Duck Duck Book


56 – self portrait
10.6.2008, 12:01 am
Filed under: art & entertainment

Self portrait in a velvet dress : Frida’s wardrobe : fashion from the Museo Frida Kahlo / [editors, Denise Rosenzweig, Magdalena Rosenzweig].
San Francisco, CA : Chronicle Books, 2008.
[MCL call number: 759.972 K12s 2008; three copies, one hold]

Frida Kahlo’s house, the Casa Azul, is now a museum. It is the house where Kahlo was born, and it is where she died. Kahlo’s husband, Diego Rivera, stipulated that her bedroom and bathroom should not be opened until fifty years after her death. So the rooms were locked and their contents left in place until 2004. When the museum’s staff finally entered Kahlo’s rooms, they found nearly 150 articles of clothing, dozens of household linens, a goodly collection of orthopedic equipment and hospital miscellanea, dozens of bottles of cosmetics and medicine, and a huge lithograph showing human embryonic development.

Kahlo’s clothes were the most notable prize. They were not so much a wardrobe in the normal sense as they were a collection — although it is certainly true that she wore these clothes, rather than collecting them as mere objects. And this makes the collection, and the book about it, feel rather strange. On the one hand, a museum devoted to a great personage is almost guaranteed to make relics out of any mundane object associated with that person, and the reverence with which this is done can border on the ridiculous. On the other hand, it is clear that Kahlo herself valued her wardrobe as more than simply a collection of garments to cover her nakedness and keep her warm. There is no doubt that part of what makes Frida Kahlo such an icon is that her attitude toward dress, style, art, and personal presentation was so enigmatic. Of course we would celebrate and carefully examine her clothing, now that we can. They have so much to say to us about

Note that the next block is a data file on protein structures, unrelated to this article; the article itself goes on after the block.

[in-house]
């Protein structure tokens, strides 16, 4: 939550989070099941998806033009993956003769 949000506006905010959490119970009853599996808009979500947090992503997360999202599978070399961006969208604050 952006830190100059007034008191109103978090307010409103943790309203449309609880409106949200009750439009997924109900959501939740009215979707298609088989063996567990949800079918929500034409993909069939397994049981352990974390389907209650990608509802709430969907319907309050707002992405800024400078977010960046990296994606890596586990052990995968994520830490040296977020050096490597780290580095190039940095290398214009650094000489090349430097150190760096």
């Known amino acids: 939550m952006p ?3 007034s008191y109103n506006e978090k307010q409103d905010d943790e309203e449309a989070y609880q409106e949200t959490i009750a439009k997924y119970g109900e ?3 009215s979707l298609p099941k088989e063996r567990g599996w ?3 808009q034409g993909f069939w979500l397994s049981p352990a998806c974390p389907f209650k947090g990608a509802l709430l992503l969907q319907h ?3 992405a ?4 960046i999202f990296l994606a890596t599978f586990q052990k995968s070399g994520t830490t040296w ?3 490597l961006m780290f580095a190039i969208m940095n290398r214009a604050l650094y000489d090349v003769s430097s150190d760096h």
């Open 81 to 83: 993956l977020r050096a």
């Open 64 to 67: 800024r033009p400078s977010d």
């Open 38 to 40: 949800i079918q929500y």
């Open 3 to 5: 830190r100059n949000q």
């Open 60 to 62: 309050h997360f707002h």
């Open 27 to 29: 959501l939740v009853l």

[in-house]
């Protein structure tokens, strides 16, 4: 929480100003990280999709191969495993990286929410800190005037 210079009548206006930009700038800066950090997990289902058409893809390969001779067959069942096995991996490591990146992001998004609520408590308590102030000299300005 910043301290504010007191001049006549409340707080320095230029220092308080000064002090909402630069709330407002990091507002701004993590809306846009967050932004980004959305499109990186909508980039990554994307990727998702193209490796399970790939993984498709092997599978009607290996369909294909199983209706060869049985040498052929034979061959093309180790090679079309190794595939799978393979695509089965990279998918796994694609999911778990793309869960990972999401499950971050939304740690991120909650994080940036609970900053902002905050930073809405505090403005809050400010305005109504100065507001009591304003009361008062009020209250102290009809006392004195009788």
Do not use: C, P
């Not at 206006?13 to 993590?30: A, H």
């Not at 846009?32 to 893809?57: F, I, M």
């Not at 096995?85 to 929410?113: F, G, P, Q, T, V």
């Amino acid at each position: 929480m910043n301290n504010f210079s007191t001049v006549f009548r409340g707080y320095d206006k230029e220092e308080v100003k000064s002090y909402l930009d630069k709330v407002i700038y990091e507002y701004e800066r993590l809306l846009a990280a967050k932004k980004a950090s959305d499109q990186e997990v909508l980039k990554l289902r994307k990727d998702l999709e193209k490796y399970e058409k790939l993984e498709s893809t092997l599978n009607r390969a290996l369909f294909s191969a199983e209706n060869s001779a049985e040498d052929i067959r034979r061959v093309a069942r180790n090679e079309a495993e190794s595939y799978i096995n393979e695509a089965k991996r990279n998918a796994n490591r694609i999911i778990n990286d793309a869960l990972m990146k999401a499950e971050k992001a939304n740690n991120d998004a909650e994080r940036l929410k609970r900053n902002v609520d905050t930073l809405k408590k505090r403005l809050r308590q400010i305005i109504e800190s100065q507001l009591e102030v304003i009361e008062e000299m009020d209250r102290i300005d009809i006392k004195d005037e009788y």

Kahlo as a person, and as an artist.

A large portion of Self Portrait in a Velvet Dress is taken up with Marta Turok’s essay on the ethnic roots of Frida Kahlo’s wardrobe. Turok discusses the sources of Kahlo’s clothes in different regions of Mexico, Guatemala, and examines what dressing chiefly in folk costume meant in Kahlo’s Mexico. This section contains many facing page illustrations: on one page, a photograph showing Kahlo wearing an article of clothing, or a reproduction of one of her paintings in which it figured; on the page opposite, a photograph of the item (or a similar one) after museum staff entered Kahlo’s rooms to observe and catalog her personal things. Other essays discuss Kahlo’s style of dress, the discoveries museum staff made the day they opened Kahlo’s rooms, and the restoration of the clothing and objects found there.

Self Portrait in a Velvet Dress is like a biography of Kahlo, with an emphasis on a specific part of her approach to the world: it is about Kahlo’s blouses, her shoes, her skirts, her belts, her scarves; and the way she used them to create a specific presentation of “Frida Kahlo” to her self, her family, her friends, and the public. Of course the book is beautiful; it’s full of lovely photographs of beautiful objects, it has the glitter of Kahlo’s fame and the sharp taste of her public tragedies. But it is also interesting as an exploration of a slender but important piece of a powerful artist’s creative vision, and the tools she employed to practice it.

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